Li et al. (2011) showed that hazelnut extract could effectively inhibit proliferation in cancer cells probably through acting as a strong eliminator of free radicals. According to their results, Oregon hazelnut at a concentration of 6 mg/mL could considerably decrease the growth rate of HT29 human colon cancer cell line. Also, Turkish hazelnut extract at a concentration of 5 mg/mL could prevent 89% of cancer cells from proliferation and growth after 4 days of treatment at two- and four-day intervals. They identified that the presence of antitoxic and phenolic compounds are responsible for the anticancer effect of hazelnuts.
Olofinnade et al. (2021) reported that the activity of the extract of hazelnuts and its contents on human melanoma cell lines and the Hela cell line inhibited cancer cells at an IC50 range of 459–584 mg/mL in a dose-dependent manner. They reported that hazelnut extract could induce apoptosis in all cell lines studied. In addition, hazelnut extract induced the cleavage PARP-1 after 24 h and 48 h in Hela cells and SK-Mel-28 cells. Apoptosis induced by hazelnut extract is dependent on Caspase 3 activation.
Caimari et al. (2015) studied the effect of a hazelnut skin extract (FIBEROX) on the lipid and glucose metabolism in Golden Syrian hamsters as animal models. The hamsters were fed a high-fat diet (HFD) for 8 weeks. They administered FIBEROX either over the whole course of 8 weeks or only during the second half of the study course. In this way, they found that FIBEROX had reversed the HFD feeding-induced increase trend of plasma cholesterol (both total and LDL) in both groups. It also reduced the levels of free fatty acids and triglycerides circulating in the animal blood which had consumed FIBEROX for 4 weeks. Also, the increased bile acid excreted in animal feces from both groups suggested that from a mechanism-directed view, FIBEROX contributes to the cholesterol-lowering function of the extracted materials. Furthermore, FIBEROX intake sharply decreased the lithocholic/deoxycholic bile acid fecal ratio, a risk factor for colon cancer in both HFD-FBX groups. They concluded that FIBEROX consumption can improve various risk factors not only associated with colon cancer but also with cardiovascular disease.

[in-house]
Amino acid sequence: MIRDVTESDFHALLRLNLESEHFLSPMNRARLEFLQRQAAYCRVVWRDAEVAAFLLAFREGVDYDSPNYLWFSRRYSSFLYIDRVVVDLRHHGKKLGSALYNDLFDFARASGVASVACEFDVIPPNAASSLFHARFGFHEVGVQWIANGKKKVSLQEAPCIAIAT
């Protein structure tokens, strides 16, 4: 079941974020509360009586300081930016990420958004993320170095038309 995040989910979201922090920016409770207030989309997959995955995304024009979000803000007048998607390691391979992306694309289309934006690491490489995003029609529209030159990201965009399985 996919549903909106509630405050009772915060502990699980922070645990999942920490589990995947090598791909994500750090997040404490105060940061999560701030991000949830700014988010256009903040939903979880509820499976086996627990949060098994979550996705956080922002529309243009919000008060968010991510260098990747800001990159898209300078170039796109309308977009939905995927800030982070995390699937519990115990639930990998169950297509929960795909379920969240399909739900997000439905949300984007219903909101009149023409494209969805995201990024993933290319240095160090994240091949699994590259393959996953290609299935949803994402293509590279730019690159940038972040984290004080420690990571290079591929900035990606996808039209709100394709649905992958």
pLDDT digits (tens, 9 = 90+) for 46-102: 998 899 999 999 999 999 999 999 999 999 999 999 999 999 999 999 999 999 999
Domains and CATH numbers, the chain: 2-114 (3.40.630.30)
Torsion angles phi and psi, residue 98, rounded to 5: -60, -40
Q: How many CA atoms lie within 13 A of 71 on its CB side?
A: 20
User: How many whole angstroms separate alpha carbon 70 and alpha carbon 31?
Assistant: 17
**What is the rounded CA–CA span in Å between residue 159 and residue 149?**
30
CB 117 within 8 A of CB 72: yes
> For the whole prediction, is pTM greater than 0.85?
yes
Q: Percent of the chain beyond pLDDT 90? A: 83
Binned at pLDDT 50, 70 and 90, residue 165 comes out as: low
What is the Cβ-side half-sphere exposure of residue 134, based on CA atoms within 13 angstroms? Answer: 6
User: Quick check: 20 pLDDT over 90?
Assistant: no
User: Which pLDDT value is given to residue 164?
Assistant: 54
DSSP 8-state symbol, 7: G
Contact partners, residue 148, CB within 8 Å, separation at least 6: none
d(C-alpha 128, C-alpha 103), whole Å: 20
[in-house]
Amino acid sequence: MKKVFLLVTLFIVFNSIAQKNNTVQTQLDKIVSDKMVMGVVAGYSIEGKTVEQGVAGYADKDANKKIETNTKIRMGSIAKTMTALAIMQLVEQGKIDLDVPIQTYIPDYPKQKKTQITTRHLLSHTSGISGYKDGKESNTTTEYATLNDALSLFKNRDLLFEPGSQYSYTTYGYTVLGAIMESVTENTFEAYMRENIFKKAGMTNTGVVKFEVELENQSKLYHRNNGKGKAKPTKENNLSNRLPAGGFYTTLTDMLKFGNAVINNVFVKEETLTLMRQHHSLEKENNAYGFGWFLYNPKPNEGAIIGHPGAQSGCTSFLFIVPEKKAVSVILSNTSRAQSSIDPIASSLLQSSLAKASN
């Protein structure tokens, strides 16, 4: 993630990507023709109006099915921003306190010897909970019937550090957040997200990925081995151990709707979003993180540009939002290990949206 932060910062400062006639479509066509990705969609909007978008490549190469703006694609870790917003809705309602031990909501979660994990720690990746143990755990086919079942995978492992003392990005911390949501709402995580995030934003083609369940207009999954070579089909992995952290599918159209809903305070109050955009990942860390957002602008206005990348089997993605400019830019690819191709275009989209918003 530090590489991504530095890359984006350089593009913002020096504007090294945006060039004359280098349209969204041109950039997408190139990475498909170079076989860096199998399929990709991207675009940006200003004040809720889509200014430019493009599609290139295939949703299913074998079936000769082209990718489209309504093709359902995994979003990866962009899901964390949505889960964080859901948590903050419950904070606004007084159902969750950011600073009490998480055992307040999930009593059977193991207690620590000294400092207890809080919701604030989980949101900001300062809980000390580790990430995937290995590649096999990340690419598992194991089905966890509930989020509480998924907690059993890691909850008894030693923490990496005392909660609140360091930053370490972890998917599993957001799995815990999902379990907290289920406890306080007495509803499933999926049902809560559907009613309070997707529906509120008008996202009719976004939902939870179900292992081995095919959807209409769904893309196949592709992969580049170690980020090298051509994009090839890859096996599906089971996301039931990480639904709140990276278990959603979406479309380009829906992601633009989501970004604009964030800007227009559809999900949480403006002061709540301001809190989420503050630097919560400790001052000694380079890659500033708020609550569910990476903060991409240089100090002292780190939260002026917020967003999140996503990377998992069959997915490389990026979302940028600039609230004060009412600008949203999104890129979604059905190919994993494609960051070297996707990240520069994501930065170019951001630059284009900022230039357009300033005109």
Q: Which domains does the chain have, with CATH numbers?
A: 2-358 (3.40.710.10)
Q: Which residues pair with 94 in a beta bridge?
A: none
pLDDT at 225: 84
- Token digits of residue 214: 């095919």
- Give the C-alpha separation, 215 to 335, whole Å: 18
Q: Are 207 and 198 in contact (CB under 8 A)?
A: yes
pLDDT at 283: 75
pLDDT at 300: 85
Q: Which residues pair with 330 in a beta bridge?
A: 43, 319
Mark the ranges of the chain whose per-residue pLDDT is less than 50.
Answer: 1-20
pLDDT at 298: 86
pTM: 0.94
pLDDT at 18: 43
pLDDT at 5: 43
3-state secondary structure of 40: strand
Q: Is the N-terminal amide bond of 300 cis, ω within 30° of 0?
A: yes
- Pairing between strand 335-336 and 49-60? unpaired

The cell toxicity of hazelnut oil was evaluated using the MTT assay. In this method, the reducing activity of mitochondrial succinate dehydrogenase of live cells was detected. Our observation showed that hazelnut oil resulted in decreased cell viability in a dose-dependent manner.
Various types of cell death occur in the cell after cellular stress. Apoptosis and necrosis are two known cell death reported after treating with anticancer agents. In this study, two important genes involved in the intrinsic pathway of apoptosis, bax and bcl-2, were selected and the effects of hazelnut oil on their expression were assessed. Bcl-2 is recognized as an antiapoptotic gene while the bax is recognized as a proapoptotic gene. Any alteration in the expression level of these genes is important for promoting apoptotic signals. Increased apoptotic index (bax/bcl-2 ratio) more than 1 could be the indicator of apoptotic condition. Our findings showed that cell treating with hazelnut oil can increase the percentage of apoptotic cells and the apoptotic index (bax/bcl-2 ratio).
A daily intake of 25 to 30 g of hazelnuts shows that it can completely supply daily vitamin E requirements. Recent studies have shown that the high levels of beta-sitosterol in hazelnut oil improve clinical conditions such as colon, prostate, and breast cancers. It also prevents the growth of tumors by stimulating apoptosis.,
| Conclusion|| |
The current study is the first of its kind that surveys the effect of hazelnut oil on the toxicity against and induction of apoptosis in a colorectal cancer cell line. Hazelnut is recognized as an adequate source rich in useful fatty acid compositions playing an essential role in human health and well-nutrition. Its lipid profile contains triacylglycerols, tocopherols, tocotrienols, phytosterols, and several other bioactive compounds. Triacylglycerols are a significant fraction of herb-originated oils including hazelnut oil that constitute 95%–98% of its whole oil content. Furthermore, in this study, the potential of hazelnut oil in inducing cytotoxicity in HT29 cells after a 24-h regimen was clearly observed. It also could increase the number of apoptotic cells, raise the apoptotic index, and express the genes involved in mitochondrial apoptosis.
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Conflicts of interest
There are no conflicts of interest.
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[Figure 1], [Figure 2], [Figure 3]
[Table 1], [Table 2], [Table 3]